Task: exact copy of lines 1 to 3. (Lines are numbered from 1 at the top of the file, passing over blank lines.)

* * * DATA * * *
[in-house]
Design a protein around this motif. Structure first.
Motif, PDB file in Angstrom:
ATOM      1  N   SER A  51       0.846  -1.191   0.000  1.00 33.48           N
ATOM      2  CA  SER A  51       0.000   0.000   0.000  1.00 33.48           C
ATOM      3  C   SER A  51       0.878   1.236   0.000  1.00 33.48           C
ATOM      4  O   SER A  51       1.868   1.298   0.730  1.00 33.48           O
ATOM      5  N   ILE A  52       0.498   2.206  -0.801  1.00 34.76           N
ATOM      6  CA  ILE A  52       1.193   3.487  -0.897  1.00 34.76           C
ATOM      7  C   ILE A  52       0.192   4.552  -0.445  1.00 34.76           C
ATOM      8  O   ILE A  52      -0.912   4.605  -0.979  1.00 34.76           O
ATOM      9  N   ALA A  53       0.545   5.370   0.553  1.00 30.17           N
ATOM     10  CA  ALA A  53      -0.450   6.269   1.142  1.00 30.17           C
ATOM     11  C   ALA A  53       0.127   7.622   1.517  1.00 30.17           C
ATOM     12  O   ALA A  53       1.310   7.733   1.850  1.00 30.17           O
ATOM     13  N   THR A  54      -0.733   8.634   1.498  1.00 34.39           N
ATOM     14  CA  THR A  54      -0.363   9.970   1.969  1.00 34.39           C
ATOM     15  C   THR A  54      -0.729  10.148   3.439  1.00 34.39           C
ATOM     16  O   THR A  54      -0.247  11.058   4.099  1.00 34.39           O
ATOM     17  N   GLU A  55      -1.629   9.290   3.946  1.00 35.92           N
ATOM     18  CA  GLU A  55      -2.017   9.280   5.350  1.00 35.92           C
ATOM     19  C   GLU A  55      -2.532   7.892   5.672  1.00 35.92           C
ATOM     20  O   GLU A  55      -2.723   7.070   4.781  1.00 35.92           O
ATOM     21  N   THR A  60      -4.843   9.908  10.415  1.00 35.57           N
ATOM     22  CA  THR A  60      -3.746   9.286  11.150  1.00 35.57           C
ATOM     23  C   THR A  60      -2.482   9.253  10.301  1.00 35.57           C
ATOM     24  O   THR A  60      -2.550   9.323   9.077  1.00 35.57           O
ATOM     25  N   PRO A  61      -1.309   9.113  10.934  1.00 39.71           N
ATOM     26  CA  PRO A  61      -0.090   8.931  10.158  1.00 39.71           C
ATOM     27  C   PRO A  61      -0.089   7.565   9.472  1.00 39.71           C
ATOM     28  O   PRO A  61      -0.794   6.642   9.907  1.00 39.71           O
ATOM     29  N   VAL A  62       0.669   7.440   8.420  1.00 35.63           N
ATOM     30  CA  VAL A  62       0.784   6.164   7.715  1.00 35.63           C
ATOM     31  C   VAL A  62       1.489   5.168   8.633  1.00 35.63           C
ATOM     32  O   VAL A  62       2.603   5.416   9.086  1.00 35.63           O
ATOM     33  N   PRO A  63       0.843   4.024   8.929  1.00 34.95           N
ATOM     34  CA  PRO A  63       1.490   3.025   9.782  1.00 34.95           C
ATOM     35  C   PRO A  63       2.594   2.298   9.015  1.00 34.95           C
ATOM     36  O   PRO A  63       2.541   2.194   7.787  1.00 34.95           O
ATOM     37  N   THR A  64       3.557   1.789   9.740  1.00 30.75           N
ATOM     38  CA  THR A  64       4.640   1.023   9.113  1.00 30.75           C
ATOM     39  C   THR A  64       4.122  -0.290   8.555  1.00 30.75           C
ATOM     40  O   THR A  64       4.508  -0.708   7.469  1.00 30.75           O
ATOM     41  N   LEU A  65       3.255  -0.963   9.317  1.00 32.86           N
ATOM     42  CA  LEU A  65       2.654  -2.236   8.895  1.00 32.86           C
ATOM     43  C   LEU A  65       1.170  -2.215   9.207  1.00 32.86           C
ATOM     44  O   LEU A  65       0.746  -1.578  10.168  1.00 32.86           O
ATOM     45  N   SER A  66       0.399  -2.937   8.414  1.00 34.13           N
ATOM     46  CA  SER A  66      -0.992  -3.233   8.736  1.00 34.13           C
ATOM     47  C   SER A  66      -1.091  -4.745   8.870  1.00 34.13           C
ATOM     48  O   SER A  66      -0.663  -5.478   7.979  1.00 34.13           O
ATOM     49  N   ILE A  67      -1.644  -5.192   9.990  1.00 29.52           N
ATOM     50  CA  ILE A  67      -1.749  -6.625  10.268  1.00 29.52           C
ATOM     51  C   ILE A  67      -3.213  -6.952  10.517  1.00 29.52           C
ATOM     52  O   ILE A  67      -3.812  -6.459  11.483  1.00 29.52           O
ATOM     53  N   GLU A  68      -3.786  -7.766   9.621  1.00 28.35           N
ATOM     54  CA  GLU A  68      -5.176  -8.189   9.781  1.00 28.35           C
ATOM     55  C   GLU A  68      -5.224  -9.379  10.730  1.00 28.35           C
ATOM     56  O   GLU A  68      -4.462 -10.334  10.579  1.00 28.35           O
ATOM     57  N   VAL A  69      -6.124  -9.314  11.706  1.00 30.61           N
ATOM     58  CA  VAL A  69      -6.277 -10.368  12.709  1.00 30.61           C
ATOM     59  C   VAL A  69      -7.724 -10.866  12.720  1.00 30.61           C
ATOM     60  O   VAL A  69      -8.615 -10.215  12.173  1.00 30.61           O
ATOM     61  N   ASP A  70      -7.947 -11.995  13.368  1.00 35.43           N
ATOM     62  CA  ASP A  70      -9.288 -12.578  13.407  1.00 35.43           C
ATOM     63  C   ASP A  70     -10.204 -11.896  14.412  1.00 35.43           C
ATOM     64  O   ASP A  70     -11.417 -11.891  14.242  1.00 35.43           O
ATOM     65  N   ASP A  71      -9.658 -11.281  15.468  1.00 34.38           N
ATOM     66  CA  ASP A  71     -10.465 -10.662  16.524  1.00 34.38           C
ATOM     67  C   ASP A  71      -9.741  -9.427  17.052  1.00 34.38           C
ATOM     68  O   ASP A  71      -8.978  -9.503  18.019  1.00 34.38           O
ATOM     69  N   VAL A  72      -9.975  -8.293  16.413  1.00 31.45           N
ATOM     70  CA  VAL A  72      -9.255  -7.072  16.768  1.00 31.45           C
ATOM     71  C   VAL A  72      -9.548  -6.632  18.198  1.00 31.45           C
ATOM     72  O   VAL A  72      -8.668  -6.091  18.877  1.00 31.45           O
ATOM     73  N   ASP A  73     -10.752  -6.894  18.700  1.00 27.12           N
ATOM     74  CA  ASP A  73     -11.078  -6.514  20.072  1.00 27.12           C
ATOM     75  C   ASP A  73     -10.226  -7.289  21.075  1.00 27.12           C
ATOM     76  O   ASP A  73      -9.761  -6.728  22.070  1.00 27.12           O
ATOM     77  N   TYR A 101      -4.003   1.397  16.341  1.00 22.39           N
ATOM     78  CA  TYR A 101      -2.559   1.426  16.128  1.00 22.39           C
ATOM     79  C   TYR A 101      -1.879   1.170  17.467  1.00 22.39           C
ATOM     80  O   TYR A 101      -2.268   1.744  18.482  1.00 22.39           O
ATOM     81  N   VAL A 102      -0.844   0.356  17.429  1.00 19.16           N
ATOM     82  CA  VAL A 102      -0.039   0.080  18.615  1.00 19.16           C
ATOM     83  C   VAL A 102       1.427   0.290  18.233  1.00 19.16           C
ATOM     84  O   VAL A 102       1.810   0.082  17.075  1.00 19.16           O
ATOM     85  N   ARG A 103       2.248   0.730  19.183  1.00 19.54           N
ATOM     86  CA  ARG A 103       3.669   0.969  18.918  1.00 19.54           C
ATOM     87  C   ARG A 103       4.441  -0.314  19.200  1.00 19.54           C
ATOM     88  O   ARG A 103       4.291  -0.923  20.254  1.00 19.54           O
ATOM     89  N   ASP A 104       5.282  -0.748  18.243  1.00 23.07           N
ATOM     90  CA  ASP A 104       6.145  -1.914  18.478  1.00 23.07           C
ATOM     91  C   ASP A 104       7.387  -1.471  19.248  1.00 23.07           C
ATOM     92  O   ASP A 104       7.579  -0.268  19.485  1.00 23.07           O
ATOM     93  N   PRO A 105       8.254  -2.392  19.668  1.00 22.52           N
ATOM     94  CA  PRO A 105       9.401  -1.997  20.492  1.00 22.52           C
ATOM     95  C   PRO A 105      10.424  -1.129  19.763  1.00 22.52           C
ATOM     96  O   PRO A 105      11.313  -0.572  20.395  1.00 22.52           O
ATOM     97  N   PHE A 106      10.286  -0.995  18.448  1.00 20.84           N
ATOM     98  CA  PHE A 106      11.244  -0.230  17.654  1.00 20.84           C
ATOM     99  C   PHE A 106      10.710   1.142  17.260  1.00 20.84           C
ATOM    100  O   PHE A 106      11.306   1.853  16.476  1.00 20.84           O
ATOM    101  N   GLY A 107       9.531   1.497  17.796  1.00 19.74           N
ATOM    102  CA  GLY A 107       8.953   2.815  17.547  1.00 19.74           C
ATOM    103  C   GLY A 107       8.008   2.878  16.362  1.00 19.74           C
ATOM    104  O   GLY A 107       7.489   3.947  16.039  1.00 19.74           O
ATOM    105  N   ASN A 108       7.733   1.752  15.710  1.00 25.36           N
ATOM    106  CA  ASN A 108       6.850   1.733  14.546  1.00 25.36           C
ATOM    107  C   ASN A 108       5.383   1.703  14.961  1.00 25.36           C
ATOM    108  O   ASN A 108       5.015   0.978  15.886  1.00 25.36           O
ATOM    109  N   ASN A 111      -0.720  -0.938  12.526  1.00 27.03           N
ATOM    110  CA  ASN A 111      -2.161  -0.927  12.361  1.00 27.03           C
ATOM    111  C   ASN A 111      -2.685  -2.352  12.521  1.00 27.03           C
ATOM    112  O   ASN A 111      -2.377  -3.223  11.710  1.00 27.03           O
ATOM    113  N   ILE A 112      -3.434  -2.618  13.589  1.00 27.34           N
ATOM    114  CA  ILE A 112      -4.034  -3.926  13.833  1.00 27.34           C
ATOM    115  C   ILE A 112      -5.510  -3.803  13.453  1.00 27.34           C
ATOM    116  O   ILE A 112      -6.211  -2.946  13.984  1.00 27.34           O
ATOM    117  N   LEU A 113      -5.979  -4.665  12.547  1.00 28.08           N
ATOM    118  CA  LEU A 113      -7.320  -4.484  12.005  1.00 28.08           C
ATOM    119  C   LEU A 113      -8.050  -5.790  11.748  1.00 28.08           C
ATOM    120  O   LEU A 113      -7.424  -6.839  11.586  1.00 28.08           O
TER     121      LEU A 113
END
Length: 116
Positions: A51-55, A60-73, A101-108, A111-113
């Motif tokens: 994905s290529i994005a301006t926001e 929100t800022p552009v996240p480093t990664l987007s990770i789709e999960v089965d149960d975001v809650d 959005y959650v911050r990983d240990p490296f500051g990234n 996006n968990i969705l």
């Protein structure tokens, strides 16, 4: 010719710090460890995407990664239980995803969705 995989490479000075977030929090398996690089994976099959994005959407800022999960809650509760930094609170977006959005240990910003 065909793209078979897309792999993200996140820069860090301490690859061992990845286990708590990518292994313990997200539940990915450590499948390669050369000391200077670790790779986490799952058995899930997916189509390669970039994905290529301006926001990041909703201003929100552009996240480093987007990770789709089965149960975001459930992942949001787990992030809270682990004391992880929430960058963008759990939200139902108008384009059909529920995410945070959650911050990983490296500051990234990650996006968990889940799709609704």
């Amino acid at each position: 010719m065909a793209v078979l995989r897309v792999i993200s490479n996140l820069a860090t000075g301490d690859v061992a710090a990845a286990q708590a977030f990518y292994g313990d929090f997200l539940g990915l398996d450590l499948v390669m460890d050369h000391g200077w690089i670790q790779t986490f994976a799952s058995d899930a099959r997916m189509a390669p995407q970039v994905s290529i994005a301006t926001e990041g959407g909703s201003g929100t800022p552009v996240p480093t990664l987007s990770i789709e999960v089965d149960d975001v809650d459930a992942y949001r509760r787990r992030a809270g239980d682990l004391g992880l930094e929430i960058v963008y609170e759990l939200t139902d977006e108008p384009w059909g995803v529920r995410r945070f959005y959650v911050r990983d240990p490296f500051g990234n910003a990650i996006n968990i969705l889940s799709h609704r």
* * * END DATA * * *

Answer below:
[in-house]
Design a protein around this motif. Structure first.
Motif, PDB file in Angstrom: